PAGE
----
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BVI Funds

Hedge funds domiciled in the BVI make up approximately one quarter of all offshore hedge funds established worldwide.

A mutual fund is subject to regulation in the BVI if it pools investor funds for the purpose of collective investment; is open ended and; the equity interests that are redeemable entitle the holder to receive an amount calculated by reference to the value of a proportionate interest in the net assets of the fund.

Closed-end funds are not subject to direct regulation in the BVI.


Hedge funds domiciled in the BVI make up approximately one quarter of all offshore hedge funds established worldwide. This popularity is due to the many advantages of establishing an investment fund in the BVI including a tax neutral environment and a stable political and economic jurisdiction committed to remaining fully compliant with all supra-governmental bodies.

Additionally, there are no regulatory restrictions on investment policies or requirement to appoint local directors, local functionaries or local auditors.

Types of Funds

There are a number of BVI fund products suited to everyone from the startup manager setting up an incubator fund to established institutional fund managers with billions under management.

Incubator fund

An incubator fund allows emerging managers to engage in a two-year “validity” period to establish a track record and to test its viability. During that period, the fund can operate with light regulation, no mandatory service providers and without conducting an audit. Another benefit of establishing such a fund in the BVI is the fast track approval process, which enables an incubator fund to commence business just two business days after submitting a complete application.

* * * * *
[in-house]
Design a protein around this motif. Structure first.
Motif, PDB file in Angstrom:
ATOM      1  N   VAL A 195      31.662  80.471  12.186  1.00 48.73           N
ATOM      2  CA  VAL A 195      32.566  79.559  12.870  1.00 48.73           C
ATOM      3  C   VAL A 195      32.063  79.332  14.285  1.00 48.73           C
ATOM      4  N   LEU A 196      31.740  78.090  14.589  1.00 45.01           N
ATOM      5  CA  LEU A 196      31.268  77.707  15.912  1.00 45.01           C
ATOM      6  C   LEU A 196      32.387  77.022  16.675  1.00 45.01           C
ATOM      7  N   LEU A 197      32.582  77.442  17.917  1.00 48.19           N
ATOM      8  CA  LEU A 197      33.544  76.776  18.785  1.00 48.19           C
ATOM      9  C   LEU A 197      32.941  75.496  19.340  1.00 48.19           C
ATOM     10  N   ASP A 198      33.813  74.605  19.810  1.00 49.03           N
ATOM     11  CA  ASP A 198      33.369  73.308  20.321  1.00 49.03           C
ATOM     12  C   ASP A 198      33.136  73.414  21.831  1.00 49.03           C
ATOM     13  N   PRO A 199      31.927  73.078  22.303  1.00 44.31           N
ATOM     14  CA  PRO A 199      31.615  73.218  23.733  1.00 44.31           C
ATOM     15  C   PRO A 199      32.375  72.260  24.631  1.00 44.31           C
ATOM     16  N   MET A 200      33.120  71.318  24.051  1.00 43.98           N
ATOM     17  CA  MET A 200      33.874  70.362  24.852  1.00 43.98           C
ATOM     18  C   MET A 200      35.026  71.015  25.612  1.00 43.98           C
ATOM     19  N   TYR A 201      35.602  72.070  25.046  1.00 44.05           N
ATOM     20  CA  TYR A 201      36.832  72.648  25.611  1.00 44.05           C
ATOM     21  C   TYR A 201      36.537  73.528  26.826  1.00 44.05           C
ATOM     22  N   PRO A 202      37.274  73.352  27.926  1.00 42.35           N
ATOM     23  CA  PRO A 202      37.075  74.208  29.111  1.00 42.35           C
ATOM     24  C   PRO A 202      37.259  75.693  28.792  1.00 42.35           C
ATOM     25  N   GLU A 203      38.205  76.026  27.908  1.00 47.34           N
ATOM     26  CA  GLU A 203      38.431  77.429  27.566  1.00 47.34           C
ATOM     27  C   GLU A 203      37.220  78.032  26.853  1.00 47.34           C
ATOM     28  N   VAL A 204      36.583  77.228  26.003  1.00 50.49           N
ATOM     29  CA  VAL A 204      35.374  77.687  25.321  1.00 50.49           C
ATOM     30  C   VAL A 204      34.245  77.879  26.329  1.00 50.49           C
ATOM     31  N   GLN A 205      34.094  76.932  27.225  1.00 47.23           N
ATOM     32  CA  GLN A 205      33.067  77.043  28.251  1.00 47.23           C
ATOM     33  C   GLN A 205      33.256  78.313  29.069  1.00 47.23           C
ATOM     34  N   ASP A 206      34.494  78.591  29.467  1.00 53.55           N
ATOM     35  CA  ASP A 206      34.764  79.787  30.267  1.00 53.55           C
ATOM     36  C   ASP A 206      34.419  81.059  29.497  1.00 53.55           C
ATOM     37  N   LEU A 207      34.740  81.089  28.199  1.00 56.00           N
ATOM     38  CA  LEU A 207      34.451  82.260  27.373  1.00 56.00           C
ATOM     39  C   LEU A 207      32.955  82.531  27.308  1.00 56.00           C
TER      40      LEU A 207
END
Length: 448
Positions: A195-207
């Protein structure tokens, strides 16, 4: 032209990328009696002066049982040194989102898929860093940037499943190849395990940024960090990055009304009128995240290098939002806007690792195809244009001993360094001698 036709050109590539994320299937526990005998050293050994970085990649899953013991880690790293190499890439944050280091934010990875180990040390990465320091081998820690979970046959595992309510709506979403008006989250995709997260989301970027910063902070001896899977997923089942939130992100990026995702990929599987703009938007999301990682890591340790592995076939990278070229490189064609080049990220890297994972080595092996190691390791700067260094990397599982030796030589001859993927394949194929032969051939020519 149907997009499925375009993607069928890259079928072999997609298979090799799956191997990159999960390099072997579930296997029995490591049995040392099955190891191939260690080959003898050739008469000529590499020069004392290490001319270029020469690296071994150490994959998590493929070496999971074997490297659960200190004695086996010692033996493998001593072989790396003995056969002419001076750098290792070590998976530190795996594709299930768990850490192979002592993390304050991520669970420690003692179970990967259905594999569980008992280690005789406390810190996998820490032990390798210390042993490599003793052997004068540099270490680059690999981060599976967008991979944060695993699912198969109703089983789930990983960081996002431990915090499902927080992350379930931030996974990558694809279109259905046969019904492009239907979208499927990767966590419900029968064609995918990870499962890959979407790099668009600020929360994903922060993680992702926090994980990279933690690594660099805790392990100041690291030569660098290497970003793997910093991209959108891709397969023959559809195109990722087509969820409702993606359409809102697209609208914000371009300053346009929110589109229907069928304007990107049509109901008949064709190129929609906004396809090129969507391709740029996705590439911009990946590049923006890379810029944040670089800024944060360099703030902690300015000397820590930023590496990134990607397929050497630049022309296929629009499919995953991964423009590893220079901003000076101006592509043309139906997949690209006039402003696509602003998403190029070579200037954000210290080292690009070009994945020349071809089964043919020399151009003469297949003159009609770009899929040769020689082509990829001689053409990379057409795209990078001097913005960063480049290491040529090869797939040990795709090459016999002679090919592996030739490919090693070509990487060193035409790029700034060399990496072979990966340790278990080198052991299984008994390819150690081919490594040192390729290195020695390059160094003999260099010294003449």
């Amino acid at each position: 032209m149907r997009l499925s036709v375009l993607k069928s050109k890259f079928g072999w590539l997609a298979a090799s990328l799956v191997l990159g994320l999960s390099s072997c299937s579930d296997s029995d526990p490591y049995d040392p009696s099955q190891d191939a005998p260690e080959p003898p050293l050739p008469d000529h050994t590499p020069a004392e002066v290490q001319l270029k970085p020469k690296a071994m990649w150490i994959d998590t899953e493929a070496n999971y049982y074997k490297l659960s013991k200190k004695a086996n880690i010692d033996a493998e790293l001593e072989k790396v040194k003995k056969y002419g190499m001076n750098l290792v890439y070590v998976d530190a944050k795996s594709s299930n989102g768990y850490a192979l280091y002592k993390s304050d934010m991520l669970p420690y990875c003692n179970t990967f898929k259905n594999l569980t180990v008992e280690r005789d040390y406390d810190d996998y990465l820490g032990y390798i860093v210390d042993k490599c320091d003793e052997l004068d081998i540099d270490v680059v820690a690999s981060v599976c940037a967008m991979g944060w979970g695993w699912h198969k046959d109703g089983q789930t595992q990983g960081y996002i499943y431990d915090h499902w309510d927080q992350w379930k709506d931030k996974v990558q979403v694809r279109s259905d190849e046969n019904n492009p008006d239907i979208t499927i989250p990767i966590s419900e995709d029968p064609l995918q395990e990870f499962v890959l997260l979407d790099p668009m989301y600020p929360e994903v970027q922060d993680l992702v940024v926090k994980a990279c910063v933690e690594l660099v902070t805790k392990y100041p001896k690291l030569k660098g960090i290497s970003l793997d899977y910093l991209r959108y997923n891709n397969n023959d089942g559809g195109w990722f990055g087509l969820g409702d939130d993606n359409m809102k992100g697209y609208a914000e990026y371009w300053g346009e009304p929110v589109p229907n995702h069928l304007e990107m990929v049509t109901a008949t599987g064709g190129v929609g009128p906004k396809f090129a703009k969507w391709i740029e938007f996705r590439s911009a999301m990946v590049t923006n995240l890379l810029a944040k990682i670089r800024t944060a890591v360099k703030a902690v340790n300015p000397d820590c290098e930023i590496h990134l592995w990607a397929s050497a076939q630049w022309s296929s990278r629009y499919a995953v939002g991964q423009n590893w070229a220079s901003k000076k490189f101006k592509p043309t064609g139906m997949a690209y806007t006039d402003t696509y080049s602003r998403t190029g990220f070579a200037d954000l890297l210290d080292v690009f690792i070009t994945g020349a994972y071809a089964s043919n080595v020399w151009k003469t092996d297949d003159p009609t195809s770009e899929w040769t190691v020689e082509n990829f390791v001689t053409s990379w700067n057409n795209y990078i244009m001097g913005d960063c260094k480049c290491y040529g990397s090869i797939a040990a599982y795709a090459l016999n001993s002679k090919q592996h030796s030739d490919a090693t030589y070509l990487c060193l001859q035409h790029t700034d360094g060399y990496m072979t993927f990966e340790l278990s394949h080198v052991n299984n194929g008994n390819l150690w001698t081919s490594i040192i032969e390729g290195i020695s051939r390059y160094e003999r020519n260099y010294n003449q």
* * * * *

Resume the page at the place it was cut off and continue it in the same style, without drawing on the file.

The maximum number of investors during this time is 20 and each one must invest at least US$20,000. The incubator fund’s net assets may not exceed US$20 million at any time. At the end of the validity period, the fund must convert to a private, professional or approved fund. Alternatively, if the fund is not deemed viable it must wind down its operations.

Approved fund

The BVI offers the approved fund for managers who want to establish a private offering to a small group of investors on a longer term basis. The number of investors is capped at 20 and net assets may not exceed US$100 million. However, there is no minimum initial investment required and the fund is not required to appoint an auditor, a manager or a custodian. It is required to appoint an administrator to ensure there is some suitable oversight of its operations. This type of fund also benefits from the BVI’s fast track approval process and may receive approval to commence business within two days of submitting an application to the FSC.

Private fund

Private funds do not have a minimum initial investment amount for each investor or any “professional” or “sophistication” test for investors. This makes them popular with start-up managers, allowing a friends and family offering.

To qualify as a private fund, the fund must either have no more than 50 investors or only make a private invitation to subscribe for or purchase fund interests.

Private funds must be recognised by the FSC before they carry on business. A fund will be regarded as having commenced its business when it publishes a prospectus or other document inviting to purchase or subscribe for shares of the fund.